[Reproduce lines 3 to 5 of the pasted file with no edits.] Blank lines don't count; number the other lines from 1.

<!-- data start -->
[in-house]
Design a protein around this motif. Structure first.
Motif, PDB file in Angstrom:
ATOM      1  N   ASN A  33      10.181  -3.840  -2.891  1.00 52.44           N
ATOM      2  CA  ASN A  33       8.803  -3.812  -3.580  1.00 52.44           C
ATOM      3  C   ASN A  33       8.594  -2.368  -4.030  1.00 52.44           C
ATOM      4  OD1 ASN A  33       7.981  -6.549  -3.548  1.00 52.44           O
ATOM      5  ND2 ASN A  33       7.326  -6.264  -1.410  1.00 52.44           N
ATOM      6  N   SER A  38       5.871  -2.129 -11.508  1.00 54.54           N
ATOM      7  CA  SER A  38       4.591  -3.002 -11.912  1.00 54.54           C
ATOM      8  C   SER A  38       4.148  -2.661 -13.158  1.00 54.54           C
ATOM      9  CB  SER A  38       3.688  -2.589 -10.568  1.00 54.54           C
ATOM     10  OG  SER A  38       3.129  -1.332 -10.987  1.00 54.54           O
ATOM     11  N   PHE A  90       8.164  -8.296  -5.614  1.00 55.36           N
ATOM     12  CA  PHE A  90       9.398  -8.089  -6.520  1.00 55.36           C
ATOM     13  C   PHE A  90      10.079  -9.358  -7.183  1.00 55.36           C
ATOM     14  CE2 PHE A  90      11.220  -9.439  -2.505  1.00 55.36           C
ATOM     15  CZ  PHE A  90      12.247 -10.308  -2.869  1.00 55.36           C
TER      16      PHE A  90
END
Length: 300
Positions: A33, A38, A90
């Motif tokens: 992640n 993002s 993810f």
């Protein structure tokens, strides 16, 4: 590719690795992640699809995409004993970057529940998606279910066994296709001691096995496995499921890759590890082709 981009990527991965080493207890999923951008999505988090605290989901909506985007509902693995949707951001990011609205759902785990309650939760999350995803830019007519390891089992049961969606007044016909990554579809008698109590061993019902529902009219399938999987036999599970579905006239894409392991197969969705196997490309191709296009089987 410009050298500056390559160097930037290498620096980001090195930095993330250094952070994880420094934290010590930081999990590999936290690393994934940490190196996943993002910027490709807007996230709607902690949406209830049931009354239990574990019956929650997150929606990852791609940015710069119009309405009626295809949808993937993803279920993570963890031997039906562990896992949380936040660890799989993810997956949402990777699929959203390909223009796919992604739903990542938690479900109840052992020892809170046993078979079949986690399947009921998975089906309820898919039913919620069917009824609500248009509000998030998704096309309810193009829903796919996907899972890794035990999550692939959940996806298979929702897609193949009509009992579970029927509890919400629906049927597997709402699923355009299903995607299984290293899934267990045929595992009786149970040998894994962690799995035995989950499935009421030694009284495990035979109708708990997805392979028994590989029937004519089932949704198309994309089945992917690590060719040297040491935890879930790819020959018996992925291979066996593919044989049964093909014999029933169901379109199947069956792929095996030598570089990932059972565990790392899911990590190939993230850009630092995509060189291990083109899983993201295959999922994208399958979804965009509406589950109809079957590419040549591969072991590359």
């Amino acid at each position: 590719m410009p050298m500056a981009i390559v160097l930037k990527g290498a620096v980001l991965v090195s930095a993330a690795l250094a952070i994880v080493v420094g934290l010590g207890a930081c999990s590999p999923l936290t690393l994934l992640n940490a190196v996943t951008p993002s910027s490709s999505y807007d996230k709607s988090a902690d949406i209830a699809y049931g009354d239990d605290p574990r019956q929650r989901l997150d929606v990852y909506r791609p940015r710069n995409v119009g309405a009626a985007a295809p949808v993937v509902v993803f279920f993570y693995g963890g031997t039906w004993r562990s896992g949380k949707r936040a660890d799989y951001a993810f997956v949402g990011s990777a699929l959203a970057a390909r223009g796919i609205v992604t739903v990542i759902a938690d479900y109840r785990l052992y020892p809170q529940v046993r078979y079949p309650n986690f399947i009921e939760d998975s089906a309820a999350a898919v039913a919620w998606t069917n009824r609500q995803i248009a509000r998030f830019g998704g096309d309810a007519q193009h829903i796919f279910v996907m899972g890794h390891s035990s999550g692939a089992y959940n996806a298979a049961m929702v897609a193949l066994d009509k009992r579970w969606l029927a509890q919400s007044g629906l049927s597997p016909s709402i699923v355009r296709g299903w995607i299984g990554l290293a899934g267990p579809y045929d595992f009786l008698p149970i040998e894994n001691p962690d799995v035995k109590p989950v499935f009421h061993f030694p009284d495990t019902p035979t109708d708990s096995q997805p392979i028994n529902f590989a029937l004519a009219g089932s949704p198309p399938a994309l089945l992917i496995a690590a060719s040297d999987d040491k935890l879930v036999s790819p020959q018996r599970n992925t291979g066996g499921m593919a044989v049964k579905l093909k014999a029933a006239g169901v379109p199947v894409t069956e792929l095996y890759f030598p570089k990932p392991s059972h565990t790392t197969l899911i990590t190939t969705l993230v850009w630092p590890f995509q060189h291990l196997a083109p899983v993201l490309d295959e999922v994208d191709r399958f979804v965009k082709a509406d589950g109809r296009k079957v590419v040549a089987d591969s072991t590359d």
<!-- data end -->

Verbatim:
Motif, PDB file in Angstrom:
ATOM      1  N   ASN A  33      10.181  -3.840  -2.891  1.00 52.44           N
ATOM      2  CA  ASN A  33       8.803  -3.812  -3.580  1.00 52.44           C